Over the last several years, the restaurant, bar, tavern, and nightclub (RBTN) industry has experienced and weathered several challenges, beginning with the pandemic in 2020.
“Innovating” and “pivoting” became part of the industry’s vernacular as it expanded outdoor dining with heat lamps, tents, igloo structures, and other fixtures to accommodate social-distancing mandates. Cities across the country relaxed ordinance restrictions, allowing restaurants to set up seating on the sidewalks and streets in front of their businesses. Some municipalities even provided funding to help restaurants transition to outdoor dining.
Contactless restaurant experiences also caught on, with consumers viewing the menu, ordering, and paying with their phones. Contact-free payment, in fact, is estimated to grow to as high as $6 trillion worldwide by 2024, from about $2 trillion in 2020, according to Juniper Research.
Delivery service gained traction, with restaurants using third-party vendors like DoorDash, Grubhub, Uber Eats, and others to get food to consumers. Self-driving robots in several major cities also came onto the scene to make deliveries as the demand for food delivery grew. For example, the company Starship has more than 1,000 robots in its fleet, up from just 250 in 2019. In some restaurants, robots are also being used to transport food plates from the kitchen to tables. Some are even mixing drinks.
In 2022, inflation pushed up costs across the board for the RBTN industry – from food to beverages and labor. As a result, the sector raised prices, made menu changes, and reduced hours of operation to deal with high inflationary costs and wage pressures.
Positive News for 2023
Amid these challenges, the sector has demonstrated its resilience, and the outlook for 2023 is positive. Industry pundits see the rate of higher menu pricing decelerating as both the commodity and labor cost environments become less of a headwind. Additionally, customers continue to be willing to pay premium prices for dine-in experiences and meals at their favorite eateries.
Staffing pressures are easing, with more restaurants returning to “normal” hours. According to the Department of Labor, food service and drinking establishment positions have just about returned to pre-pandemic levels. The inflation rate for food costs is also expected to moderate this year.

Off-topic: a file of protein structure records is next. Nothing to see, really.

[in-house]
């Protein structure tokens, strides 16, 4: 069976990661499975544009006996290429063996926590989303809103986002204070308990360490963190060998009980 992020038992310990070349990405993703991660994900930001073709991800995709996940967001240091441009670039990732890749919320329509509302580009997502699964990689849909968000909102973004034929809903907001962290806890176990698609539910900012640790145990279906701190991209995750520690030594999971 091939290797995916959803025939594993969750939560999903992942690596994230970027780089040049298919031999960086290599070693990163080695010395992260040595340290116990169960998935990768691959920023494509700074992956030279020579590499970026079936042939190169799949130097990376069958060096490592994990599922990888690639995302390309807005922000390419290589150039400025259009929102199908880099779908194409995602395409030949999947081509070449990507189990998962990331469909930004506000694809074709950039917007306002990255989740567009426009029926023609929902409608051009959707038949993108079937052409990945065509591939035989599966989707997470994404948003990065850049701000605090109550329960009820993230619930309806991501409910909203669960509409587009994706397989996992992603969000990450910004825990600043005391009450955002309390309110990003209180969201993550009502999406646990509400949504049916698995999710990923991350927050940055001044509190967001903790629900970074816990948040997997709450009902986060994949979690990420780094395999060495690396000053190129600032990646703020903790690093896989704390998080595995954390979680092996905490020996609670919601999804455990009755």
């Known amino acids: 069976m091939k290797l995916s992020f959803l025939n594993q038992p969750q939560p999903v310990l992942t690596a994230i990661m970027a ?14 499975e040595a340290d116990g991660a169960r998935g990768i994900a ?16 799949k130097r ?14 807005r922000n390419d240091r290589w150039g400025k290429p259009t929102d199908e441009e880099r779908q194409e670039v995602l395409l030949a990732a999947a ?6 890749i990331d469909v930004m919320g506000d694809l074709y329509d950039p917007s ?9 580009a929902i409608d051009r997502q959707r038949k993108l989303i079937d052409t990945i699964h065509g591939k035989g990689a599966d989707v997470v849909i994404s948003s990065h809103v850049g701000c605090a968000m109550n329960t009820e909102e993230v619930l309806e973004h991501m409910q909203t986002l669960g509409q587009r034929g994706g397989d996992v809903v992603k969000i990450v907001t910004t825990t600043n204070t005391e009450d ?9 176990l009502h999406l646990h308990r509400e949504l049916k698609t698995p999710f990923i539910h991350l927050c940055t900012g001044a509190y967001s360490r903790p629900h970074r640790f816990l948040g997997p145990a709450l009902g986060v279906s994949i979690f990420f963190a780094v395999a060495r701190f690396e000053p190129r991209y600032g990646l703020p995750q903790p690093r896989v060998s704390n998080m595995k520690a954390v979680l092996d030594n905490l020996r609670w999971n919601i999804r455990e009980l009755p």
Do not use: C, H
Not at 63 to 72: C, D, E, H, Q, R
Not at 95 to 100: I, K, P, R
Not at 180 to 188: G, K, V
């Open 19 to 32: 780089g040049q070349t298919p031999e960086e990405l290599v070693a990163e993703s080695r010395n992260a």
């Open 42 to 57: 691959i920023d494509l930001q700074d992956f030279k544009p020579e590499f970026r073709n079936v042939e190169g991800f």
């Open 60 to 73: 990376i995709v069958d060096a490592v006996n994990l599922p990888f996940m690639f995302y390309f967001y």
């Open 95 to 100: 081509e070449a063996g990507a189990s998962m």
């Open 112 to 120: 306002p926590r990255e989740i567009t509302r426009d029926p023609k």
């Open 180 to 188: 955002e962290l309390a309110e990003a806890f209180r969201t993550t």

According to Restaurant Dive, one trend unfolding in the industry is an increase in dining at the bar. A restaurant bar typically has more drink sales, but according to an article featured in Restaurant Dive, food sales have increased over the past six months. This is good for restaurants, as it increases sales and keeps diners around longer.
Our RBTN Program
ISC’s RBTN program is written with a top-tier carrier and provides General Liability insurance for the following risks:
- Restaurants with and without entertainment, as well as bars and taverns
- Craft beer establishments
- Cigar bars
- Karaoke bars, rooftop bars, ultra-lounges, sports bars without entertainment, wine bars
- Billiard halls
- Liquor stores
Our General Liability product includes Liquor Liability (up to 100%), while our Property coverage includes Business Interruption, Ordinance or Law, and Equipment Breakdown. We provide coverage to establishments throughout the country (except in Florida, New Mexico, and Alaska).
Most recently, we expanded our offering to provide an Excess Liability solution. “We can write both the primary and excess for clients, which is a great opportunity to cross-sell and collaborate to offer additional products. We also increased our Property capacity from $1 million to $2.5 million,” said Kathy Szur, Vice President, Underwriting, Arizona.
ISC continues to be bullish about the hospitality industry and is committed to providing an excellent product for brokers to offer.